The first book I ever wrote was the Oracle Designer 2000 Handbook (1999, Oracle Press) Peter Koletzke was my co-author. Probably the biggest “ah ha!” moment for me was the realization that the tools you use have a HUGE impact on the optimal SDLC. Since the book was about using Designer 2000 to design systems, I was struck by how much changed in the SDLC just because of the use of that tool.
Using a rules-based approach to development has an even bigger impact. Here are the main points:
1) Rules repositories are more-or-less readable by humans. Therefore, analysis = design = development for everything that can go into a rules repository. This is huge. It means that I do not have to perform logical analysis and have it signed off on, but I can simply deliver the system (as soon as the rules are gathered) and get feedback.
2) Since the repositories are readable by humans, there is also a reduced requirement for documentation. If 95% of your system is “self-documented” (meaning that the rules are pretty good documentation in their own right), this means that much of the logical as well as physical documentation is created automatically.
3) Truly Agile development is almost required by a rules-based approach since you can build as fast as you can do the analysis. The only process that makes logical sense is to build very quickly, show a version of the system to the customer, get feedback, fix the issues, and repeat until the system is complete.
4) There is still additional documentation required. You still need a real project plan. You still need a way of identifying and fixing bugs (bug tracker). You still need a place to write down complicated specifications. You still need a place to keep client notes and requirements to make sure that they do not get lost.
5) As mentioned in the last post, there is still some amount of code that has to be hand written. That code needs to be handled in the same way as in any traditional development. You need specifications, testing (preferably test-first).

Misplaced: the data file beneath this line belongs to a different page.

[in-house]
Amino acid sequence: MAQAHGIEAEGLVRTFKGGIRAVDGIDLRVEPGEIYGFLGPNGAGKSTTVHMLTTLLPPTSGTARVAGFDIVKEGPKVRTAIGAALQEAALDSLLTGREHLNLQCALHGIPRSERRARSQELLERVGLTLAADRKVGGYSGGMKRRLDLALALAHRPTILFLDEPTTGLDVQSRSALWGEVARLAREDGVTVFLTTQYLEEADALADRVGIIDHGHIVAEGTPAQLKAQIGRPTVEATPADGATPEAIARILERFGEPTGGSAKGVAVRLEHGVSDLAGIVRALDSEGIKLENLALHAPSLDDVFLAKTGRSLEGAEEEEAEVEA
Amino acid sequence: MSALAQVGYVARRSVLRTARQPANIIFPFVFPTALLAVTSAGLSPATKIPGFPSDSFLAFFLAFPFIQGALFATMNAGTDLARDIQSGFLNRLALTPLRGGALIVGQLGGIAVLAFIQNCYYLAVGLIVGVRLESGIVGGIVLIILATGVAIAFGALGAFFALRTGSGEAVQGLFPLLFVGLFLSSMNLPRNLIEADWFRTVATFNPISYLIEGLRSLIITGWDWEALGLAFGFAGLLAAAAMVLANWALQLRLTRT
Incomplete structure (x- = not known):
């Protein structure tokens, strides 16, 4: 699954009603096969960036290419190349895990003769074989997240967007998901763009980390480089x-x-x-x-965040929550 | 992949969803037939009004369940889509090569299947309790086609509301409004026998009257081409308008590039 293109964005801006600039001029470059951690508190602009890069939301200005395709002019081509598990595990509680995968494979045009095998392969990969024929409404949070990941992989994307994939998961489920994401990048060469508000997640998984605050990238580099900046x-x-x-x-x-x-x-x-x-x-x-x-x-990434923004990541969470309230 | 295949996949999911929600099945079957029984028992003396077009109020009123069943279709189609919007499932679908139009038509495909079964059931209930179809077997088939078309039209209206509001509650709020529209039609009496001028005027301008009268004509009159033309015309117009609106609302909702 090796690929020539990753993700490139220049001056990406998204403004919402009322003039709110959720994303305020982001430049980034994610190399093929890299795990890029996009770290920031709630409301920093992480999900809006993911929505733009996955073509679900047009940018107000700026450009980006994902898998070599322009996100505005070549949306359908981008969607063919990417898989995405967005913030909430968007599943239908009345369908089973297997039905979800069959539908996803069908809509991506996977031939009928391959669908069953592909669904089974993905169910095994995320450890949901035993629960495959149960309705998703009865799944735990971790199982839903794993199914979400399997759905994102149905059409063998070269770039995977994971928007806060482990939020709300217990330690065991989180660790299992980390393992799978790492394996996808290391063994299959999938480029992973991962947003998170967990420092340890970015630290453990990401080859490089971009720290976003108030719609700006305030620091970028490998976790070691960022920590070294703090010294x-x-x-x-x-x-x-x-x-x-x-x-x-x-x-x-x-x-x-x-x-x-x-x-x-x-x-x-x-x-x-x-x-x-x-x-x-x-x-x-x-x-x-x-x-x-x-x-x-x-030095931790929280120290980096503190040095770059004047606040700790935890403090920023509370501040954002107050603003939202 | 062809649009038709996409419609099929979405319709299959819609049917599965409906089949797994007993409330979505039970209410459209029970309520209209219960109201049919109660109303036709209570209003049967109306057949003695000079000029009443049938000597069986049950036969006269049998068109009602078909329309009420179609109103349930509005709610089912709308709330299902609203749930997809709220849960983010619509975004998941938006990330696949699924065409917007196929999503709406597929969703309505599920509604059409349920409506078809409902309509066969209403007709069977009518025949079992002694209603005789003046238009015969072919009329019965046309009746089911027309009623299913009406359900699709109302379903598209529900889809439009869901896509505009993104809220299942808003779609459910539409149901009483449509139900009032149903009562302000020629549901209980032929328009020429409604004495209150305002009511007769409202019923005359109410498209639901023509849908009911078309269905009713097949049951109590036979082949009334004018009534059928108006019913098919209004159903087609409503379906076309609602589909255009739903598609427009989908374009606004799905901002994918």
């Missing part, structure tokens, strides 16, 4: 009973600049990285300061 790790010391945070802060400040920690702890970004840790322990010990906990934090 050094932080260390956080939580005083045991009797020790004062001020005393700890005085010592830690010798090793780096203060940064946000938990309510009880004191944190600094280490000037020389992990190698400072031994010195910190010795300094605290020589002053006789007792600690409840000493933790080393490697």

6) Testing in this case is “weird.” Test-first for a rules system makes no sense. What would you even test? Although some form of automated testing sounds good, I have never been able to make it work (in spite of numerous attempts). I still seem to be left with having someone exhaustively go through all of the system features and test everything, i.e. running though a manual test script. A process flow for one area of the rules is “Traverse the process flow and cross off every transition between states after you have tested an object going through that transition. Do this for each user role in the system.” That single test can involve weeks of work. I am not happy with how conceptually sloppy this sounds, but I have not been able to figure out how to do it better.
The basic SDLC tends to go like this:
1) Create a more-or-less traditional strategy document and create the basic use cases. Don’t worry about scenarios and scenario steps.
2) Create the structural rules (data model in a BRIM® UML class diagram). Walk the user through the model. Use white board screens to help explain.
3) Generate the database.
4) Design and build the basic UI, and attach to the data model.
5) Review and refine UI with users.
6) Create the process model (BRIM® Process Modeler) and generate the code.
7) Show the complete system to the users.
8) Iterate the rules until you get it right.
9) Build the reports.
10) Create the interfaces.
11) Perform integration testing
12) Perform user acceptance testing